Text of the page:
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​Metal that moves: father and son kinetic sculptors at the Rourke

by Hee Han | .(JavaScript must be enabled to view this email address) | Arts | January 18th, 2017

The Rourke Art Gallery Museum is pleased to announce two artists, Jeffrey Zachmann and Carl Zachmann. They are holding an exhibition of kinetic sculpture.

Jeffrey and Carl collected their childhood memories, adulthood curiosities, and recreated them as visible art work. Jeffrey and Carl’s work is not only about creativity: their actual lives are melted down into each piece of sculpture. In this exhibition, we can time travel into their lives and appreciate how one’s life would become such an amazing piece of artwork.

Jeffrey’s artistic journey began when he was eight years old. He would climb a large pile of dirt in a construction area with curiosity, and started making kinetic devices from anything he could find in the area, such as hoses, cardboard, and boards.

Jeffrey’s sculptures stem from his love of old metal. He loves the patina of old metal that comes from sun, rain, abrasion, and fire. The look of painted metal that only natural weathering can achieve. He tends to make people look at a smaller piece of metal because the juxtaposition of the new and old metal highlights the age and patina. He is fascinated by how his art naturally flows in its way and sees how it doesn’t develop from a specific condition.

“If it was an identifiable object, they tend to just identify the object and not look at it,” he said, “I enjoy watching the transition that transpires in front of one of my sculptures. I think there’s way too much stress and darkness in people’s lives and if I can bring a short respite to this, all the better.”

Jeffrey encouraged audiences, “Join me in my childhood. Adults go through life with a lot of weight on their shoulders. These sculptures remove that weight, at least for a while. With a blend of old and new materials, physics and art, my work is a reflection of my childhood, and some say, childlike curiosities. You will find them infectious. Watching the viewer, this transformation is apparent. As children, people are more at ease, adult tensions drop away, they are more open to laughing, pointing, and talking with strangers. After watching the sculpture for a while, stand back and watch the people near you,” he said, “Wanna come out and play?”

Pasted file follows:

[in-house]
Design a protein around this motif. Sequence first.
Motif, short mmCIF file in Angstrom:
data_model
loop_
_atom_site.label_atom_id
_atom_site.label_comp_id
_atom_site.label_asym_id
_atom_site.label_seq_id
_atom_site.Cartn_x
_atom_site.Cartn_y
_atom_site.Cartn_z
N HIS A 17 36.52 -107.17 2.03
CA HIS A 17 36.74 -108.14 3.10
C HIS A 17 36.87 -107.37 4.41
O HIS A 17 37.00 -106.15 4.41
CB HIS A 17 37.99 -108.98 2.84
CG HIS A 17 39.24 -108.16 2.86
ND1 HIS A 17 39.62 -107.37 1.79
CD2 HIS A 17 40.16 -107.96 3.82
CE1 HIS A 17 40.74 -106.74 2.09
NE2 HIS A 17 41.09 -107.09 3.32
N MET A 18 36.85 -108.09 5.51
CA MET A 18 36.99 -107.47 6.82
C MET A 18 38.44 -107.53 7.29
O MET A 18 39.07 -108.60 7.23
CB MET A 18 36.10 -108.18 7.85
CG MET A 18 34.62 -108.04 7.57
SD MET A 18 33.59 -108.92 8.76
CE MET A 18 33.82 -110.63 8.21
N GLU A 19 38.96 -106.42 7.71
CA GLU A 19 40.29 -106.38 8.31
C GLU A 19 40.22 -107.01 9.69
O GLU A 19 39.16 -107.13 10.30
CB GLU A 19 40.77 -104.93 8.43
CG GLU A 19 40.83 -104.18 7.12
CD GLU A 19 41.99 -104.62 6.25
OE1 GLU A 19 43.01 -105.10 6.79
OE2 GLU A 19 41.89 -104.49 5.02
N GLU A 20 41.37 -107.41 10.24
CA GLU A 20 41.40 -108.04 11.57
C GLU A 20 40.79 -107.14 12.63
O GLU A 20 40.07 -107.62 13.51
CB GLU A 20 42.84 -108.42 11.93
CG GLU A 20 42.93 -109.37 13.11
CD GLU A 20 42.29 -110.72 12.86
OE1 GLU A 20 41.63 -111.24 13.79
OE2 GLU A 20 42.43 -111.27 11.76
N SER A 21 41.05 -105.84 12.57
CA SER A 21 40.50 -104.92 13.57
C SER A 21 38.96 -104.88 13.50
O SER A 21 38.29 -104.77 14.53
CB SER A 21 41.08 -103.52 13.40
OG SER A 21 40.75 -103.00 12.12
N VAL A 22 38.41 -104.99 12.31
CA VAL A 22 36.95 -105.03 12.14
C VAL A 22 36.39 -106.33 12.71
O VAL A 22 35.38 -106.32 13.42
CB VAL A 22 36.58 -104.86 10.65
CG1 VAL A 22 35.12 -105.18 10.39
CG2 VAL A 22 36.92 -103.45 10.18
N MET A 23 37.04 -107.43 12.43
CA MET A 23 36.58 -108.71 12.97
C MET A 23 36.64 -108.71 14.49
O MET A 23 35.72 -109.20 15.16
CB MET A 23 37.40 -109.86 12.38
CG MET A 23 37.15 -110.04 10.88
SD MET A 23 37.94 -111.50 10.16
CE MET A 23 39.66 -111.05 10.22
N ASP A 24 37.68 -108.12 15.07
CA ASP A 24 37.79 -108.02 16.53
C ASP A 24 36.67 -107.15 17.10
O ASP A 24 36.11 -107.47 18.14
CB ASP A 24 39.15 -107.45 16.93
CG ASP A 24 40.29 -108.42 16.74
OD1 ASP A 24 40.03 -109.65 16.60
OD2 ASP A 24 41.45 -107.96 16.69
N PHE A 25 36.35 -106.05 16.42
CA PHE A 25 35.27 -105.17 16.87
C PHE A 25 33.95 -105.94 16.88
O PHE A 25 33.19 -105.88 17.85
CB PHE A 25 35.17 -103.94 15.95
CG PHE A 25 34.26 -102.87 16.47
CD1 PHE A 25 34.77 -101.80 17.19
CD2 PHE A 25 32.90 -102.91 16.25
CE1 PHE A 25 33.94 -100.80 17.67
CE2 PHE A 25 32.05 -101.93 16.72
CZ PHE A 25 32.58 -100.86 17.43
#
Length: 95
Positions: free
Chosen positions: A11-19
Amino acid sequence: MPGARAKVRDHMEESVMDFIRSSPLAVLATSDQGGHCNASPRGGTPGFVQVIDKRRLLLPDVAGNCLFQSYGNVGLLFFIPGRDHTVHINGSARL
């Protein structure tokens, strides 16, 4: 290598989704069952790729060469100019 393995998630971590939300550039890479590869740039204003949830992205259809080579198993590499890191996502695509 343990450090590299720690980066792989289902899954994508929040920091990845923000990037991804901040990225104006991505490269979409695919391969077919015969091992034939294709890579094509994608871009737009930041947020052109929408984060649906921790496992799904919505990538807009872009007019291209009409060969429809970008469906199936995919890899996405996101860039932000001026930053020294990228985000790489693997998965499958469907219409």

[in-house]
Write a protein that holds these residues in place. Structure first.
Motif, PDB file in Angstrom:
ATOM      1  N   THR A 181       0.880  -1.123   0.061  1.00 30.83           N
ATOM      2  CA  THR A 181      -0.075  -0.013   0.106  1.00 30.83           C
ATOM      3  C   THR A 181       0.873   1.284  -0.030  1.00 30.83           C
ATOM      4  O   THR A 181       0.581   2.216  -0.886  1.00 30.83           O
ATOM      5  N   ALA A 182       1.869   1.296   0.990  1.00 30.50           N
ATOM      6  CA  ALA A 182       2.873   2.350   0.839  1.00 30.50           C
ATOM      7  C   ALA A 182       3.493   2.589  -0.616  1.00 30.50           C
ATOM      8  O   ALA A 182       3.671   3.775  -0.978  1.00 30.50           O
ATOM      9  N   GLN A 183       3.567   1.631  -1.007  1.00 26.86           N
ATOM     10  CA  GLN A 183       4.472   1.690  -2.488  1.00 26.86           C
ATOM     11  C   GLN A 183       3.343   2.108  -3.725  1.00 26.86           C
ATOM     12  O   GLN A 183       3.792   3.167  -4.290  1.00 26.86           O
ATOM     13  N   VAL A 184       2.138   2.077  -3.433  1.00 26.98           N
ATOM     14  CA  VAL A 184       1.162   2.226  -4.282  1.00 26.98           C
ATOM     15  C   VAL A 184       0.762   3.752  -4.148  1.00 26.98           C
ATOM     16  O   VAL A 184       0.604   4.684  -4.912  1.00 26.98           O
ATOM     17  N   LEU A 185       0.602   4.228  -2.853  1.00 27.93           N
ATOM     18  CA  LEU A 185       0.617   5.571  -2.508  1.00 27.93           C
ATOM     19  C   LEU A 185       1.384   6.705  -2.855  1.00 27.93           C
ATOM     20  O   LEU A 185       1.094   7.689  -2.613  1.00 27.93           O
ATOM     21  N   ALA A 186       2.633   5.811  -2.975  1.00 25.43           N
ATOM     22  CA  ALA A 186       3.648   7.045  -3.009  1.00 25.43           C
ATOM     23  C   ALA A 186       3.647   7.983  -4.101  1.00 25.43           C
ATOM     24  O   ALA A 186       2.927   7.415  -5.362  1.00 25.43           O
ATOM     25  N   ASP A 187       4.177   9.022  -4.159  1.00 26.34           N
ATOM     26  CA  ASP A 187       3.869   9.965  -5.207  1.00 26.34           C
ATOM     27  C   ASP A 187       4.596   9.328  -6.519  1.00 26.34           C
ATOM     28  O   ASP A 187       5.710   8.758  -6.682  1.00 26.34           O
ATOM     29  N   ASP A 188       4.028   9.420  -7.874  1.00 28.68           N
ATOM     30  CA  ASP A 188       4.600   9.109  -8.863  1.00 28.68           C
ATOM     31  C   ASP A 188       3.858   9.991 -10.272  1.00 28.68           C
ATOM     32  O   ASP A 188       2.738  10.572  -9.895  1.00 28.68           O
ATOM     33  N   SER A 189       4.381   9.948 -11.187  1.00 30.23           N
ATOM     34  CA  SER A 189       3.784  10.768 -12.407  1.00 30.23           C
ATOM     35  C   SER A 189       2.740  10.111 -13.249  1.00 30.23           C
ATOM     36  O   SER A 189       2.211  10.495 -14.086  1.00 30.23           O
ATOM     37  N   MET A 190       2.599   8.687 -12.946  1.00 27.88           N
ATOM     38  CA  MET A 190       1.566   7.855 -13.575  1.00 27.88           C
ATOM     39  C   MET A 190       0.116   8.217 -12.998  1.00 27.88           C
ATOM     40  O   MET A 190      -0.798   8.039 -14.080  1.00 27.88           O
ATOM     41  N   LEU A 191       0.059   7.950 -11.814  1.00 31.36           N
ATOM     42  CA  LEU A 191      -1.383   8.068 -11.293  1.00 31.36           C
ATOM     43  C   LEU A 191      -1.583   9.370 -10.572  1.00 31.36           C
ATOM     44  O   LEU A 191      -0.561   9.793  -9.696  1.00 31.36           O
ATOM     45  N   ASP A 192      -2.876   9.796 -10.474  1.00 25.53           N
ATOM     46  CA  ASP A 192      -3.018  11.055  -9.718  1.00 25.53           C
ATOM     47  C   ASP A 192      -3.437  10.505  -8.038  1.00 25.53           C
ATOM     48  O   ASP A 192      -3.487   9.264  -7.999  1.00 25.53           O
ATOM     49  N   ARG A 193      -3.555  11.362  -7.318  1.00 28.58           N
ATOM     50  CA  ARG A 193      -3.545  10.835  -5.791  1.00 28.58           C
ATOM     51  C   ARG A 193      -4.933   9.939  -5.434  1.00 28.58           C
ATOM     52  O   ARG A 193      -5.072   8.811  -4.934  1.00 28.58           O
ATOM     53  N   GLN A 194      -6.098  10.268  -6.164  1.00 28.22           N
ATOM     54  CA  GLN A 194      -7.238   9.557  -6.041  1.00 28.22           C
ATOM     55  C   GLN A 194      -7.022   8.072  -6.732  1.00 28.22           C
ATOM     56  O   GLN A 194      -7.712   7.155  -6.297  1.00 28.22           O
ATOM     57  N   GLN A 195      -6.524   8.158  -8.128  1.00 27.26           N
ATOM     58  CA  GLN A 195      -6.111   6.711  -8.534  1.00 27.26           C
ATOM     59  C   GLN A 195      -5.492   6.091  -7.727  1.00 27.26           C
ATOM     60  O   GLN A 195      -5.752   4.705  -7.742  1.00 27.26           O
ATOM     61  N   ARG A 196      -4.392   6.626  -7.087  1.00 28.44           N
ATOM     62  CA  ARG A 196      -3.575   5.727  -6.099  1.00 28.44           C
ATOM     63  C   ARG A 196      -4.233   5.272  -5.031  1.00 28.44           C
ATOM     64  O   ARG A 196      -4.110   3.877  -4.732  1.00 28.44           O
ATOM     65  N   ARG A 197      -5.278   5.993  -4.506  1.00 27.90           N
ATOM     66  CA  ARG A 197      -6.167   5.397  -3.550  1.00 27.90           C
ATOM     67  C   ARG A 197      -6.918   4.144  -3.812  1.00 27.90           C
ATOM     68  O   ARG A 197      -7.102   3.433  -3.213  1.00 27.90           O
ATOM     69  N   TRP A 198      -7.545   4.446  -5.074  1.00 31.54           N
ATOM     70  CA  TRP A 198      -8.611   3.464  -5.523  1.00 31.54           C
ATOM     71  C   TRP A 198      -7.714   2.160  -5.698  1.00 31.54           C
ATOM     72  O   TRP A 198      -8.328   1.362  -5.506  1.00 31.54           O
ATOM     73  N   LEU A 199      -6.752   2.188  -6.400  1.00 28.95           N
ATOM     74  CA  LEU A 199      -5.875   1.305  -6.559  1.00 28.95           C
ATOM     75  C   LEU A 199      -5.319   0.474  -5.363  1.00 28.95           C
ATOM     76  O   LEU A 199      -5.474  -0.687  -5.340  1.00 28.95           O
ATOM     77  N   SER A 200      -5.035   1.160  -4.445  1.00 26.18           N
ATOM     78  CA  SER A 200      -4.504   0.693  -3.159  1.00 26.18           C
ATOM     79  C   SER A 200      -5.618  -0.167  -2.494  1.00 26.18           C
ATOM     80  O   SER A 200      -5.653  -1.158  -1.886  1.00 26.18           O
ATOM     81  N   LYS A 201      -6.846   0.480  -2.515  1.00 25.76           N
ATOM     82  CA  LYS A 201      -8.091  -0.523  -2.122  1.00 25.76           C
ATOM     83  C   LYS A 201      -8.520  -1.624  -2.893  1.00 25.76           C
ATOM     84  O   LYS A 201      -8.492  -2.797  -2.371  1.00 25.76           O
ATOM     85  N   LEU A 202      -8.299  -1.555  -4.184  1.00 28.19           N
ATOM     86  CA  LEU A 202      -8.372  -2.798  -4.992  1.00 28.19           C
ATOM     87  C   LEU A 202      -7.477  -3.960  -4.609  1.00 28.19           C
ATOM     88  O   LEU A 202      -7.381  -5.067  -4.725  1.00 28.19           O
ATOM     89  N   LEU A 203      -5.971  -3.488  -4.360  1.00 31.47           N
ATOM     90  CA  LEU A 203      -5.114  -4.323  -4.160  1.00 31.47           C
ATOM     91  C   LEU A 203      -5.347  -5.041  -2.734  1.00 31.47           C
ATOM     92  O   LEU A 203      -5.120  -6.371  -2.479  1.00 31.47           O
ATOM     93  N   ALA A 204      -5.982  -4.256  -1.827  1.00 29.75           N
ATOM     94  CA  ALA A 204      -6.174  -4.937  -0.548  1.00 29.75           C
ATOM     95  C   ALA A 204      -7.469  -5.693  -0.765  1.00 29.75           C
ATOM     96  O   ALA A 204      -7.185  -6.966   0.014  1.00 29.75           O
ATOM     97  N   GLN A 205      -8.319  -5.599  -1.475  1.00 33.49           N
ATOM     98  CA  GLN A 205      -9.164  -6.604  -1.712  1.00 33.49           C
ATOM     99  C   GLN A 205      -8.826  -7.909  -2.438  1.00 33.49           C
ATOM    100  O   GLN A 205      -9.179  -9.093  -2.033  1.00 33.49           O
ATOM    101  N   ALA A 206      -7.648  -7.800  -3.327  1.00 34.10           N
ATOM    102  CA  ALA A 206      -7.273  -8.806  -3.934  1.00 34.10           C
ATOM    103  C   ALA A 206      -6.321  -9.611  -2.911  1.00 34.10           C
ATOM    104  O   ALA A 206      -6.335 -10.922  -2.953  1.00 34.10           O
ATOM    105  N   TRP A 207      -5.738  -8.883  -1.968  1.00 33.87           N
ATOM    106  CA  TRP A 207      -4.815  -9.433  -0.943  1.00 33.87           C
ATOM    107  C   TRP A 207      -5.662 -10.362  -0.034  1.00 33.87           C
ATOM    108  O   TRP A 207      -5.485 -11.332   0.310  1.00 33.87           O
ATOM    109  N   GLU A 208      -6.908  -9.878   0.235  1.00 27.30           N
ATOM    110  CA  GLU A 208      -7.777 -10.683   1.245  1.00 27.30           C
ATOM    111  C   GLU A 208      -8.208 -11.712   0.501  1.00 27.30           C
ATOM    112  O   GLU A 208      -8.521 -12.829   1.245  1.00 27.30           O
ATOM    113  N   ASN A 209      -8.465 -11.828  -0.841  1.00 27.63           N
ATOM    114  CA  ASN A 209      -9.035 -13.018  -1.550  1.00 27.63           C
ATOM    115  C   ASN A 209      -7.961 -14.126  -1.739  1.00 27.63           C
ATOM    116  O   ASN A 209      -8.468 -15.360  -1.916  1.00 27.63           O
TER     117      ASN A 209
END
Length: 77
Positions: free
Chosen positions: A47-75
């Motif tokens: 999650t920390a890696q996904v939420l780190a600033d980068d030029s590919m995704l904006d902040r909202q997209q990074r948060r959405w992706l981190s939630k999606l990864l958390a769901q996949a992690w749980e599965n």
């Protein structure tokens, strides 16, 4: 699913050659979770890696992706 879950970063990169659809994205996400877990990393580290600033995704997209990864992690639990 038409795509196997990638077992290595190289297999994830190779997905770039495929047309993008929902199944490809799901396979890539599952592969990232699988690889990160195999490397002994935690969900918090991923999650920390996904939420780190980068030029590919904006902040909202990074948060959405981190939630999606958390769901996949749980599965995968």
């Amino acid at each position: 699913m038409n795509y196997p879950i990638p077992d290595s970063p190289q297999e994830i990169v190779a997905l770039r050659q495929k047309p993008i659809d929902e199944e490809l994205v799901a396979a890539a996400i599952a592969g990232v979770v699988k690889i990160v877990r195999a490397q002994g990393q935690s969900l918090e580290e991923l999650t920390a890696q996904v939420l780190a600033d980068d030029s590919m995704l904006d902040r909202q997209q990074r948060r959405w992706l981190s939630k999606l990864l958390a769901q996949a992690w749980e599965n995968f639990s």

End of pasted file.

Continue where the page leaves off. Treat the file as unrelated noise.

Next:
Carl Zachmann was exposed early to historic and artistic museums as the artist’s son. He used to spend his time taking things apart to see how they worked. When he was sixteen years old, he had a small pickup truck to explore his surroundings. He would bring a variety of potential materials, a collection of artifacts that would affect his studies and artistic work. He was also in a group that restored vintage farming and industrial equipment.

Carl was fascinated with history, industry, and art. His various interests were transformed into machine art -- kinetic sculpture and its design and texture, highlights of America’s industrial past.

“Using my background in archaeological research and my knowledge of historical mechanisms, I studied old archives and drafting books to learn how to recreate many of the curved spokes and odd shaped gears made from before the Civil War to the early 1990s. The steel gears are put in motion and accented with period technical drawings, paying homage to the Industrial Revolution in an increasingly electronic world,” Carl said.

YOU SHOULD KNOW

Metal that moves public opening

Sunday, January 22, from 1:30 to 4pm, with a gallery talk at 2pm

Rourke Art Gallery Museum, 521 Main Ave. Moorhead

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